CSRHub Blog Research on ESG metrics and comments on sustainability best practice

SASB Launches Its First Pilot Program

[fa icon="calendar'] May 15, 2014 9:00:29 AM / by Bahar Gidwani

By Bahar Gidwani

At a meeting earlier this week, The Sustainability Accounting Standards Board (SASB) sasbannounced that it was launching what it calls its “Corporate Roundtable.”  It hopes to get ten large companies to join the Roundtable over the next few months.  These companies will then use the materiality standards that SASB has developed to upgrade their public disclosure documents.

The first company to join the program is NASDAQ OMX.  As part of running one of the world’s largest stock exchanges, NASDAQ employs 3,000+ people and operates at least eleven facilities.  It will be fascinating to see SASB’s guidance tested in real life by a company that is deeply involved in a host of regulatory and reporting activities.

The International Integrated Reporting Committee (IIRC) started its pilot program in 2011.  We track the companies in this program (and the companies who have supported SASB by joining its working groups).  We were pleased to see that the average ratings for both the IIRC pilot companies (61) and for the SASB working group companies (57) were well above the average for all CSRHub-rated companies (51).  This confirms our view that companies who are actively engaged in understanding and implementing integrated reporting are “ahead of the curve” overall in their sustainability performance.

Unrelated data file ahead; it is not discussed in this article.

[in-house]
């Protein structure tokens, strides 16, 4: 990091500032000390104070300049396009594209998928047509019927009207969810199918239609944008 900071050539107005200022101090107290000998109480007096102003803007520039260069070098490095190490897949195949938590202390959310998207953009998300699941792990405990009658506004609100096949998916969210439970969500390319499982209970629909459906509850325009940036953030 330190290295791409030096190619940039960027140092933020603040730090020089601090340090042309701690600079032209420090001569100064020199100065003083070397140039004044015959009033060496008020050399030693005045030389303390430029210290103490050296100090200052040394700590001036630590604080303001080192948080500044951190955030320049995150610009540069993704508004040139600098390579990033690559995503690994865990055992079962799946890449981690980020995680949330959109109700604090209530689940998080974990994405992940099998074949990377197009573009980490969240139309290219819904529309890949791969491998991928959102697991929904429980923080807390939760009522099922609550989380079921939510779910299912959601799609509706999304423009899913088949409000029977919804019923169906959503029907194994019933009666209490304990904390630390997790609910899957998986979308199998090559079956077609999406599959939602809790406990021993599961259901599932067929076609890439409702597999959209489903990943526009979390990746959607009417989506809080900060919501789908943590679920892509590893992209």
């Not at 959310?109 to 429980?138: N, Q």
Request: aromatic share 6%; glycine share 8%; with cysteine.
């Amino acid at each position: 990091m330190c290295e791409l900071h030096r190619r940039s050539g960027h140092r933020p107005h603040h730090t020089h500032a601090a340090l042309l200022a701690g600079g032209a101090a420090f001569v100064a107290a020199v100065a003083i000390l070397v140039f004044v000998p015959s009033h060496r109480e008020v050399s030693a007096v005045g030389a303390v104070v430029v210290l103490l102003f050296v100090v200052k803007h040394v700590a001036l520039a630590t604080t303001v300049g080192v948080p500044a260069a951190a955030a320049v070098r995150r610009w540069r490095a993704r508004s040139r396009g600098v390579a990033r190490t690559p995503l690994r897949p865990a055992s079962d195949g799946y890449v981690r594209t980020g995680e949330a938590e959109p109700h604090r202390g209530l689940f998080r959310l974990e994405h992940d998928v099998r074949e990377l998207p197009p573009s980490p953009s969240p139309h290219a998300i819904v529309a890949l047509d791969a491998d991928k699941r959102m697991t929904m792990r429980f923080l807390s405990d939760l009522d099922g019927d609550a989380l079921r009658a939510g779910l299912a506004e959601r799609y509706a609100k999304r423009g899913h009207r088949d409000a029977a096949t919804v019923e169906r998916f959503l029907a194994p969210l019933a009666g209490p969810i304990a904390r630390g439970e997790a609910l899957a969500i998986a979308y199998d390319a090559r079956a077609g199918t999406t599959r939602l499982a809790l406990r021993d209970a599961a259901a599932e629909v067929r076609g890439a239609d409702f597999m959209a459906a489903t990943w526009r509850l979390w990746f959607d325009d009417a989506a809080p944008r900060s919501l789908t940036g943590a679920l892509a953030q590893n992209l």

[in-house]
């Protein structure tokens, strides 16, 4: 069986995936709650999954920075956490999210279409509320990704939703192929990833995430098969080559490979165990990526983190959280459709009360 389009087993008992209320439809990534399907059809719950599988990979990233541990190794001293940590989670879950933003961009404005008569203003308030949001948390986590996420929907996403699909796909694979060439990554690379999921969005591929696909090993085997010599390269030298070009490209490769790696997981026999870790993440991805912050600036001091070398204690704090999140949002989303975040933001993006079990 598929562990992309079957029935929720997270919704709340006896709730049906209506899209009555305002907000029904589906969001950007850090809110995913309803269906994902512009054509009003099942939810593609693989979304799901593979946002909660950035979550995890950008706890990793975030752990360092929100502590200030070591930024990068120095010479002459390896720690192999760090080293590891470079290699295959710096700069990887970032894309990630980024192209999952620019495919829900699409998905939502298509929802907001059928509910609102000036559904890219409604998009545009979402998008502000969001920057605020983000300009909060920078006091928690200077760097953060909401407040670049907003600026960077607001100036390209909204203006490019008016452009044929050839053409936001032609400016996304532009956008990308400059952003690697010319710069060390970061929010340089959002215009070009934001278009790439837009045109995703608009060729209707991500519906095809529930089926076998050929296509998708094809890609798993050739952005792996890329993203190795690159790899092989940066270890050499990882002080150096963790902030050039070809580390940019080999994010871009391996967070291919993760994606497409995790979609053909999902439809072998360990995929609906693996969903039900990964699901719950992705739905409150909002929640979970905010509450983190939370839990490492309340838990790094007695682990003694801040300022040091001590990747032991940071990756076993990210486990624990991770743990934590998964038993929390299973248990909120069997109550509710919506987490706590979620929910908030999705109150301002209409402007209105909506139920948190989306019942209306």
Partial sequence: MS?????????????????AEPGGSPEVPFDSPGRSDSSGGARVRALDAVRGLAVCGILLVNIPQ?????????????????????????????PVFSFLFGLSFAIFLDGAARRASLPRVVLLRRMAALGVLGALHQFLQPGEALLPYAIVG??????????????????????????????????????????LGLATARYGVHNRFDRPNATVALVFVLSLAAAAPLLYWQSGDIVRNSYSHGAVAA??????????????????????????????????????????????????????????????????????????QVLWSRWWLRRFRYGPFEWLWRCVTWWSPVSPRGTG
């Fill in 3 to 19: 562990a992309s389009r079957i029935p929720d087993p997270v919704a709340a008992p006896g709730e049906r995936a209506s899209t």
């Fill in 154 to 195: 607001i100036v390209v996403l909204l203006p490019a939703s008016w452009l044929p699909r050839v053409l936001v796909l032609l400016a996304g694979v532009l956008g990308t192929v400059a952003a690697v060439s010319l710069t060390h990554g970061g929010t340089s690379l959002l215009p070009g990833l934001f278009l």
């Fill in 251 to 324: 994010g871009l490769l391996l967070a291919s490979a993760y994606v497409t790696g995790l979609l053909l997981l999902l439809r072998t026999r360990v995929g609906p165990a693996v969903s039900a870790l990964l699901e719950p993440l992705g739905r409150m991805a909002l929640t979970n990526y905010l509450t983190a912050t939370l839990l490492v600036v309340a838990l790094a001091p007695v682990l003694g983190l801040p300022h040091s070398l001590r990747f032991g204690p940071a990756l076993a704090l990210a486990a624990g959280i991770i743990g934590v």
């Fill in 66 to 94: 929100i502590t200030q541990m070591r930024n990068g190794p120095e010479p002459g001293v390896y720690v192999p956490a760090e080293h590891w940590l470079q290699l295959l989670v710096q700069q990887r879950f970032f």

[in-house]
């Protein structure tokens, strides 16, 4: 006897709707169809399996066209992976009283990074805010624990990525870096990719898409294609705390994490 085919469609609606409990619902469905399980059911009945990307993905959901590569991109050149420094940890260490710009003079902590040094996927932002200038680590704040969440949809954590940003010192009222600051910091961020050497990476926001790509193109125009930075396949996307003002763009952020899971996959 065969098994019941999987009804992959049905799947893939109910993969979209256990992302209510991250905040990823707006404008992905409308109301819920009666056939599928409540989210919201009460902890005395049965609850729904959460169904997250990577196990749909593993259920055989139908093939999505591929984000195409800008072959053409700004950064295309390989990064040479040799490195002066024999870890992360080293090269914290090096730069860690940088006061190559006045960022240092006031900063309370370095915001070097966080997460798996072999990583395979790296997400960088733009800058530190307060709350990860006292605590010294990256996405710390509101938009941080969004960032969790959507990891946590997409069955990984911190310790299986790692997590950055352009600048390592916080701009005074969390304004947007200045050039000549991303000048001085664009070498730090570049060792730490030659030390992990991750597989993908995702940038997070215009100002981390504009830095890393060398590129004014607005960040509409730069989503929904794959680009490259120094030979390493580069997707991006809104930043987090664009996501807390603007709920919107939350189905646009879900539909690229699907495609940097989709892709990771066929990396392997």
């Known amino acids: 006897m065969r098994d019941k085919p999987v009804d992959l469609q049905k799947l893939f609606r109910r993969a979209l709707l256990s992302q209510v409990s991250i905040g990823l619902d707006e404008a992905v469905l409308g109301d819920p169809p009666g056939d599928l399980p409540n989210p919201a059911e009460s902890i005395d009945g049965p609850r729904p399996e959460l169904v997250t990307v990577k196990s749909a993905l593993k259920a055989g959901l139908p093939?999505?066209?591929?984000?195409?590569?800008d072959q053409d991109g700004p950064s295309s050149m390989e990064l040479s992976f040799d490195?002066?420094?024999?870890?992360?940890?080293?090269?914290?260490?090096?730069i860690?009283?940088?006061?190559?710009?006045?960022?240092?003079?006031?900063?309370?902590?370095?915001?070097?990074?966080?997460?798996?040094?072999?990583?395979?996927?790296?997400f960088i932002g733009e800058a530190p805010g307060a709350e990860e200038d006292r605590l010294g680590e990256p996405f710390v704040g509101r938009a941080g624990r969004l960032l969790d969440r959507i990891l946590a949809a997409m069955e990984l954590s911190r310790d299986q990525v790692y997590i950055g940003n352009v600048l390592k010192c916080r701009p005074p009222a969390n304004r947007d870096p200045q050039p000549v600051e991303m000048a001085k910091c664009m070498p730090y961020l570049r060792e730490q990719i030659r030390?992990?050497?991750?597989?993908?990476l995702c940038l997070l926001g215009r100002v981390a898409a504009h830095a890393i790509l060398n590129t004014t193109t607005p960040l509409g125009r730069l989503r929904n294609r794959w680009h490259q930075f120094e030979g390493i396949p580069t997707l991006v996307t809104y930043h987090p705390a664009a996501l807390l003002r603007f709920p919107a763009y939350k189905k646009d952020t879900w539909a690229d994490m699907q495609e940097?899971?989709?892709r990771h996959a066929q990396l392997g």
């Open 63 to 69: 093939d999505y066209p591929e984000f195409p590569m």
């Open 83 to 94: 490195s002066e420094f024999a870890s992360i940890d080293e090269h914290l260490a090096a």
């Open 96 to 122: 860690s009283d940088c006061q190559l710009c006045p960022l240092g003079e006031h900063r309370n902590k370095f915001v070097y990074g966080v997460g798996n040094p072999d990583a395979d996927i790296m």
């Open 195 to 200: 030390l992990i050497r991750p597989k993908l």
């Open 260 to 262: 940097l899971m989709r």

Let us know if you think your company might be interested in joining the Corporate Roundtable.  SASB is actively recruiting new participants and seems willing to provide workshops and other types of training support, to help its pilot companies through the implementation process.


Bahar GidwaniBahar Gidwani is CEO and Co-founder of CSRHub. He has built and run large technology-based businesses for many years. Bahar holds a CFA, worked on Wall Street with Kidder, Peabody, and with McKinsey & Co. Bahar has consulted to a number of major companies and currently serves on the board of several software and Web companies. He has an MBA from Harvard Business School and an undergraduate degree in physics and astronomy. Bahar is a member of the SASB Advisory Board. He plays bridge, races sailboats, and is based in New York City.

CSRHub provides access to corporate social responsibility and sustainability ratings and information on 8,900 companies from 135 industries in 103 countries. By aggregating and normalizing the information from 300+ data sources, CSRHub has created a broad, consistent rating system and a searchable database that links millions of rating elements back to their source. Managers, researchers and activists use CSRHub to benchmark company performance, learn how stakeholders evaluate company CSR practices and seek ways to change the world.